posted on Aug, 6 2019 @ 07:21 PM
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a reply to: DBCowboy

I don't know, participation trophies were more of a thing when I was a kid in the 1980's. Sure, they still have some kind of recognition for kids on losing teams now, but the importance of winning has GREATLY increased over the past 35-40 years.

I know people like to talk about it as a thing, but it must be in places far more liberal than the Chicago area.



posted on Aug, 6 2019 @ 07:23 PM
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a reply to: dogstar23

Maybe participation trophies was a poor example.

But it doesn't change the fact that if students can't rise to the level, then the threshold of success is lowered. That is rampant in schools and colleges today.



posted on Aug, 6 2019 @ 07:25 PM
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originally posted by: DBCowboy

originally posted by: dubiousatworst
So who is to blame? The young people, or their parents that never showed them the real world?


You can't "infect" or subject someone with immaturity. So ultimately, it is the fault of the shooter. In todays parlance, these shooters never learned to "adult".

Yeah, the parents may have done a crap job, but at some point, you have to blame the person who did the killing.

If any 21 year old can't adult, then it's really their own fault.

And that's the problem with diagnosis. How do you gauge or diagnose immaturity? It's not a mental disease.

It's a behavior.


However, I STRONGLY agree with THIS! Regardless of upbringing, or how rough/easy one's childhood was, at some point, only you define who you are.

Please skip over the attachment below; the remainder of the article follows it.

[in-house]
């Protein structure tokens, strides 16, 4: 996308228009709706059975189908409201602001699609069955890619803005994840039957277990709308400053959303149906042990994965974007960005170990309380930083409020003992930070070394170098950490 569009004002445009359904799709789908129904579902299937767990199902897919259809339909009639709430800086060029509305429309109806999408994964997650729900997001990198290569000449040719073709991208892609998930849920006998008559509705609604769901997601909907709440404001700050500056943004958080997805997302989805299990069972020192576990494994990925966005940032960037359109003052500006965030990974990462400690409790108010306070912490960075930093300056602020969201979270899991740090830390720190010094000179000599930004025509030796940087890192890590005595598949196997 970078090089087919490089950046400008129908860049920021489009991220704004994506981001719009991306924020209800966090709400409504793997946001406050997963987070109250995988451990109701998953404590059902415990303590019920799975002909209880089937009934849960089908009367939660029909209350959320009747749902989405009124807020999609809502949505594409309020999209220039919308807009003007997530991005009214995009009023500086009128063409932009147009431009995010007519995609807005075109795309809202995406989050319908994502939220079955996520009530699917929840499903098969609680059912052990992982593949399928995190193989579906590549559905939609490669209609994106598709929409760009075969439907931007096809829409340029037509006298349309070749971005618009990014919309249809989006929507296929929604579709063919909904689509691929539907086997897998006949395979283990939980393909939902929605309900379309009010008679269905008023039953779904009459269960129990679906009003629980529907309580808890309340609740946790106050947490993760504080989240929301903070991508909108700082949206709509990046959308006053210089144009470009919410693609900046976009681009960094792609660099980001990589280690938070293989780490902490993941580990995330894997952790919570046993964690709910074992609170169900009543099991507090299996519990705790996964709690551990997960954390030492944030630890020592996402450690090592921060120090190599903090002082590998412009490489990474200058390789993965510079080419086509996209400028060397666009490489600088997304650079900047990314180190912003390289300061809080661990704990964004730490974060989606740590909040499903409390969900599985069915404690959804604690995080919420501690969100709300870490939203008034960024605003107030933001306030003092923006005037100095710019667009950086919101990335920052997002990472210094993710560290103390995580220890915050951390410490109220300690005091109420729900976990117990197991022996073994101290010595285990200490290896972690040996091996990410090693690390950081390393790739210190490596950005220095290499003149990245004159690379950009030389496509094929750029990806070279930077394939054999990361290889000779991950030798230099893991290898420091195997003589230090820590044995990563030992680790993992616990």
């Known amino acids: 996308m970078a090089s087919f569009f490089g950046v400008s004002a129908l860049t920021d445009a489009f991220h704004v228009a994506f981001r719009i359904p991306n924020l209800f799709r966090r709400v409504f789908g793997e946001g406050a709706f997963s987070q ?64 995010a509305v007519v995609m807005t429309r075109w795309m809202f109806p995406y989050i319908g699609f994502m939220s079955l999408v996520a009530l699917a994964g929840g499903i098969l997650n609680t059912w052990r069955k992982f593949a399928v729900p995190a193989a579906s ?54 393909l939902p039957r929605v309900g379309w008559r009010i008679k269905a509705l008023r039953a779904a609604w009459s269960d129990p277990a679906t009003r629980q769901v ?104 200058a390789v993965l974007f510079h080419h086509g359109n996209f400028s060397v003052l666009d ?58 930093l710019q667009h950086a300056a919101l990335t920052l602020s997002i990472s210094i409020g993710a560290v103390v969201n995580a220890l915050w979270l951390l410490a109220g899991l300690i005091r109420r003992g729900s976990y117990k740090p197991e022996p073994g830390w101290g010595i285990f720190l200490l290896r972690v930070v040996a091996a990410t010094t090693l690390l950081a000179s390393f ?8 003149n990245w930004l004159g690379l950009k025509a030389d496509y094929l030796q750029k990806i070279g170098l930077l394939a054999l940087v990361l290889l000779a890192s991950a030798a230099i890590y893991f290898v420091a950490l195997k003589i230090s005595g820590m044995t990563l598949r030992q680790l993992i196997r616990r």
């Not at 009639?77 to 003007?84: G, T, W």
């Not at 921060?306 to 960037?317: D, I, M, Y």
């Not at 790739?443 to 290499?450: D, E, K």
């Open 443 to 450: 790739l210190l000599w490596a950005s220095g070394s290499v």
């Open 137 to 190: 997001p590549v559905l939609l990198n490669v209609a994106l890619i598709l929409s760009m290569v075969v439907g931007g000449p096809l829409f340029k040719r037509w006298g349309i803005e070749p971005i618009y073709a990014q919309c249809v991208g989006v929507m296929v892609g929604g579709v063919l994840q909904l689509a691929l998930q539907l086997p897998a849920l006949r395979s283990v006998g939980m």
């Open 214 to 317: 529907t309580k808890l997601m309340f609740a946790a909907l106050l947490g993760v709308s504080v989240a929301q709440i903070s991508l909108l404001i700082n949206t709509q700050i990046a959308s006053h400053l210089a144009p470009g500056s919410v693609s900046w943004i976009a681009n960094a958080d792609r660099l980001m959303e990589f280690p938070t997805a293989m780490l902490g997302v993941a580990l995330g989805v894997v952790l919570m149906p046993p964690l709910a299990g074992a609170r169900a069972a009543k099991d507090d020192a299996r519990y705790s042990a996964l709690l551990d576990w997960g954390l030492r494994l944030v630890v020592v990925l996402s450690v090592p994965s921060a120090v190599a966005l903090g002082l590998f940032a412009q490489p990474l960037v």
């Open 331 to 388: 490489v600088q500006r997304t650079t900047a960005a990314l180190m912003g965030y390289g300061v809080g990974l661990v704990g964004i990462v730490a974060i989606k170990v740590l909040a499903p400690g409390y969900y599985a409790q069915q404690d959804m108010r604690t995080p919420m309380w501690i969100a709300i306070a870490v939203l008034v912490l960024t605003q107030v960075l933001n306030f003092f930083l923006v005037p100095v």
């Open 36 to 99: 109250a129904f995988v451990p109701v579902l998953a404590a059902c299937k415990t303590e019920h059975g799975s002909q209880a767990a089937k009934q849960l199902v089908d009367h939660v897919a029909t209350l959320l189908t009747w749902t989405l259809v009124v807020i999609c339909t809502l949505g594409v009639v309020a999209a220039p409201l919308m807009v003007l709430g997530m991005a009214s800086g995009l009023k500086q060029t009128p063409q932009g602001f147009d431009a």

If you're an adult who was abused as a child, or wasn't hugged enough, or were spoiled rotten, it isn't an excuse for being an abuser, its just part of what you were unable to overcome, and thus, part of the influence who made you the abusive/violent/criminal, etc. adult you are today. At some point...its all on you. People need to put their big boy pants on and grow TFU.



posted on Aug, 6 2019 @ 07:43 PM
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a reply to: Bluntone22

ive started just referring to them as what state/city it happened ie Ohio,gilory,el paso for example. works better in context but probally not that effective for a long term study as that would need numbers added most likely



posted on Aug, 6 2019 @ 07:46 PM
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It is a large puzzle for sure. Violent video games are another part, but gaming, in general, is also part of the problem. A kid can live another life, become a master at something or many things in a game, in a few afternoons your character can become god-like.

Then, in real life, as you get to be "adult age" you have to go get a job, go to work, where days are actually days, and really long, and all your hard work doesn't get you much compared to gaming worlds.

A mass shooting may be the only real way for some of these folks to parley their gaming "expertise" into the real world - the only way they can think of to be a "hero" like they are in the games they have spent, literally, thousands of hours playing in their lives.



posted on Aug, 6 2019 @ 07:59 PM
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a reply to: Sahasrara

eh im kind of in hard disagreement on that aspect, if gaming is the issue why aren't there issues in korea or china where gaming is huge?

www.thoughtco.com...